• You may also want to consider pedal toe clips or shoes with click-in cleats if you’re going to do some serious distances. The big advantage is that now your legs also help you pedal when moving up as well as down, thus making your riding more efficient. Personally I’m not a big fan of either (I always find them too fiddly to get in and out of for my liking), but many people swear by them.
    Some of the cycling pedal options available
    Some of the cycling pedal options available
    • Riding any decent distance will dehydrate you, so make sure that you keep up your fluids. A bottle cage on your bike frame is a good place to get easy access for a drink, or at least make sure you have a decent drink in your basket, bag or pannier and stop regularly to take a swig. If you’re biking around town, then chances are you will be able to find a drinking fountain or cafe to rehydrate yourself. Out of town may take a bit more planning; if you’re not sure how far it is between your refilling stops, take a second bottle to ensure you don’t run out. In our case, we had a drink bottle on each bike and were able to top these up at the Sumner Beach drinking fountain.
    • Likewise, keep your energy levels up on long rides with some food. Eat something before you go (not too heavy), and take some nibbles to sustain you along the way (or stop somewhere for a bite to eat). On our ride, we had a couple of energy bars with us to snack on, and we also stopped for a pottle of chips at Sumner as well (well, I don’t know if the latter was the healthiest option we could have chosen, but it felt right…).
    • Take your time! Unless you’re doing the actual Tour de France, feel free to ride at a pace that suits you. If it’s a recreational ride, look for opportunities to stop and take a break every now and then; you can stretch your legs, take a break from pedalling, and perhaps grab a bite to eat. On our ride, we had a look at a few of the Heathcote River interpretation panels along the way, as well as grabbing a bite to eat and wandering along the sand at Sumner Beach.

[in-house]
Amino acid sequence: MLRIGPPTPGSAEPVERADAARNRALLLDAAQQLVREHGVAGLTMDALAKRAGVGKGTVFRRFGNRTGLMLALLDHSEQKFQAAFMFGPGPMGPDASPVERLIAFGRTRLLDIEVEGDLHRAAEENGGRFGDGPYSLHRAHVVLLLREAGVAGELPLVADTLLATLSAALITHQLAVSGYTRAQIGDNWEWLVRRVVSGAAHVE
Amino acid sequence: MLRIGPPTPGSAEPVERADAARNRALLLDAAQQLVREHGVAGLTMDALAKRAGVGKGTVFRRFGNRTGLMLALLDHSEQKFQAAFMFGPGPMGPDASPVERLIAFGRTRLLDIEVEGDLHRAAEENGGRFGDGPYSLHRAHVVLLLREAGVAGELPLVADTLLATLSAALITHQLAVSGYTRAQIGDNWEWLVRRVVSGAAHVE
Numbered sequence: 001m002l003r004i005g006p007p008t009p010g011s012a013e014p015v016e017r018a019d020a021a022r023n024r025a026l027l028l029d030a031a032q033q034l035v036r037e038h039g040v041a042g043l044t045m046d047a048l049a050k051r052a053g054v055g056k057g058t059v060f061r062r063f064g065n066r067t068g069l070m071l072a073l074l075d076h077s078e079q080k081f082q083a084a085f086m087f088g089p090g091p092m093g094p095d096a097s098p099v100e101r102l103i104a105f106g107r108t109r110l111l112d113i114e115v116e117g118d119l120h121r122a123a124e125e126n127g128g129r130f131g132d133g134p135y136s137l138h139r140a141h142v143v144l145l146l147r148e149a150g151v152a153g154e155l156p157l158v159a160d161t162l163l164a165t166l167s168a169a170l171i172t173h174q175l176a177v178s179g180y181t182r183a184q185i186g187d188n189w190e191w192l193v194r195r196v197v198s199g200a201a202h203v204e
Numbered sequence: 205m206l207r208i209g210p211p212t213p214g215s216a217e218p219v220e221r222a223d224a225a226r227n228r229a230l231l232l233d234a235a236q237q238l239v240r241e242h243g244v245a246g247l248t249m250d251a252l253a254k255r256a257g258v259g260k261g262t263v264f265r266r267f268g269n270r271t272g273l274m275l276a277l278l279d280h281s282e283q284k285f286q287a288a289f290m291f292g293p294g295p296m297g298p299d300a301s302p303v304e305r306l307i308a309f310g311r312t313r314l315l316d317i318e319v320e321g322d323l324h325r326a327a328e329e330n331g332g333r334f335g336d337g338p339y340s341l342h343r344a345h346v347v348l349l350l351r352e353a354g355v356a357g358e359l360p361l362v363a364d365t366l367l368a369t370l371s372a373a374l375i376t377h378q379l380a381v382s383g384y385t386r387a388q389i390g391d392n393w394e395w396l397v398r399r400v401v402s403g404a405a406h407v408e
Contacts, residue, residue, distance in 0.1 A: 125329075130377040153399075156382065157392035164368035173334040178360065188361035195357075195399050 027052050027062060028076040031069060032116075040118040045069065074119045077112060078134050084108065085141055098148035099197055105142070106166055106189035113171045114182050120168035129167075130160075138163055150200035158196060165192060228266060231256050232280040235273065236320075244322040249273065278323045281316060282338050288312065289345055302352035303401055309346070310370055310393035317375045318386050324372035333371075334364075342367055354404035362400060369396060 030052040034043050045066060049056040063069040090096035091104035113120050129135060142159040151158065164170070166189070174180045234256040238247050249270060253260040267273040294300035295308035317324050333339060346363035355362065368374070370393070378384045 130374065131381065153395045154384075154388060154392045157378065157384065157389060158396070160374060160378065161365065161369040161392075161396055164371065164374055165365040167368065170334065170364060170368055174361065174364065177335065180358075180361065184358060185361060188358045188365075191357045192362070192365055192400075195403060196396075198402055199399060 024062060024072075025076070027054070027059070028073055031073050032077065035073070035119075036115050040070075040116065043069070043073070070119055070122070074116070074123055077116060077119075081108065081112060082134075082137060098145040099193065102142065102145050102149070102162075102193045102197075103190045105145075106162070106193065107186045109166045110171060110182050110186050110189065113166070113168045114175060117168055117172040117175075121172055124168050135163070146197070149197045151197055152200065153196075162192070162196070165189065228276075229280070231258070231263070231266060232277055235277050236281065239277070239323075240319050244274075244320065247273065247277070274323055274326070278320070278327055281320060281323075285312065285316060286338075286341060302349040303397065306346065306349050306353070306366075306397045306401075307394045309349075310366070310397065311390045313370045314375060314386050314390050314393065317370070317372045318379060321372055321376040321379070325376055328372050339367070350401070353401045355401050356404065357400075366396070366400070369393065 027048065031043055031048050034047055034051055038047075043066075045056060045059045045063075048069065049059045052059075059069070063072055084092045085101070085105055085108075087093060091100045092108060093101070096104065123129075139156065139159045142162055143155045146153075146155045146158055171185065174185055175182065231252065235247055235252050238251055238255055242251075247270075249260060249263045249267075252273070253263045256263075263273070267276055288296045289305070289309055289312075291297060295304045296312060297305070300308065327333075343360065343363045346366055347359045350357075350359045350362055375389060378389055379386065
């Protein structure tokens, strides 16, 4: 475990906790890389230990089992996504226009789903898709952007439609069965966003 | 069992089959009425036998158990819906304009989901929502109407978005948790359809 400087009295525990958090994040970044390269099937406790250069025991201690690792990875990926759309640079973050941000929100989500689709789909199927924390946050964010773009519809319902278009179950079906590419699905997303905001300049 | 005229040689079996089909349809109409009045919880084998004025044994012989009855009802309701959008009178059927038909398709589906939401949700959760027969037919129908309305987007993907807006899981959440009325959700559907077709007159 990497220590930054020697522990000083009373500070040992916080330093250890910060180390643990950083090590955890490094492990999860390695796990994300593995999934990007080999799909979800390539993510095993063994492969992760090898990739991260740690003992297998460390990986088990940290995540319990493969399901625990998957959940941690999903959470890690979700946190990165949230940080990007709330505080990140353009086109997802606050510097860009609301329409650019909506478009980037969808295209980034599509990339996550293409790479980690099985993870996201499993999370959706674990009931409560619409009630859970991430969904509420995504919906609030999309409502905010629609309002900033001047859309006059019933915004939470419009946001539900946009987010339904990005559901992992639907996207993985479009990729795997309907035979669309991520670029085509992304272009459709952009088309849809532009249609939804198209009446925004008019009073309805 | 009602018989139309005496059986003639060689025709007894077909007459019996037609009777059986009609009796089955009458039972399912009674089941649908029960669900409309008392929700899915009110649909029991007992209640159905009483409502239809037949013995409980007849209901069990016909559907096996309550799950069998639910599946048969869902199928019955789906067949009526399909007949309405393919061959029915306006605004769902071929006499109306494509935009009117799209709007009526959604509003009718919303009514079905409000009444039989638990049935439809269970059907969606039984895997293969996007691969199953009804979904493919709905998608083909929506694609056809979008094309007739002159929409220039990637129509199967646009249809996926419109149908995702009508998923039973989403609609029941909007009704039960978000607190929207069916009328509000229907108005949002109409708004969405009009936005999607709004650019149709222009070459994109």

Flashback: taking a break during a Spokes Ride in New Brighton, 2007
    Flashback: taking a break during a Spokes Ride in New Brighton, 2007
    • Keep an eye on the weather and be prepared in case things change. New Zealand is renowned for “four seasons in one day”, so you don’t want to be badly caught out, especially if you are far away from shelter. Although it was a pleasant day on our Sumner ride, I still had my compact fold-up jacket in my front bag in case things got wet or chilly unexpectedly.
    • Don’t forget about the sun! New Zealand’s sunshine can be pretty harsh and, even on a seemingly cloudy day, you can get burnt from a few hours out on your bike. So make sure you have some sunscreen with you, and apply it regularly (handy tip: with all that leaning forward, watch that your exposed lower back doesn’t get overlooked). Although our ride started out fairly cloudy, the sun eventually shone through but we were prepared with lotion on hand.
    • Sometimes you can also take advantage of the weather, particularly on a windy day. If you have a choice in where you’re riding, I strongly recommend heading into the wind first. That way, the wind can then help you home later when you’re a bit more tired – quite a nice feeling (here’s hoping Murphy’s Law doesn’t see the wind die down later…). When we went to Sumner we started in the morning before the sea breeze got too strong; by the time we headed back later it was pushing us home. Likewise, if you have a choice of terrain, you may wish to ride uphill first and then cruise downhill later.
Someone's really pleased to have made it all the way out to Scarborough Beach...
Someone’s really pleased to have made it all the way out to Scarborough Beach…

Longer distance rides take a little bit of preparation, but the reward can be to access some really interesting destinations around your district. With the summer break upon us, that could be a great opportunity to explore some new places.

What’s your top tip for riding long distances?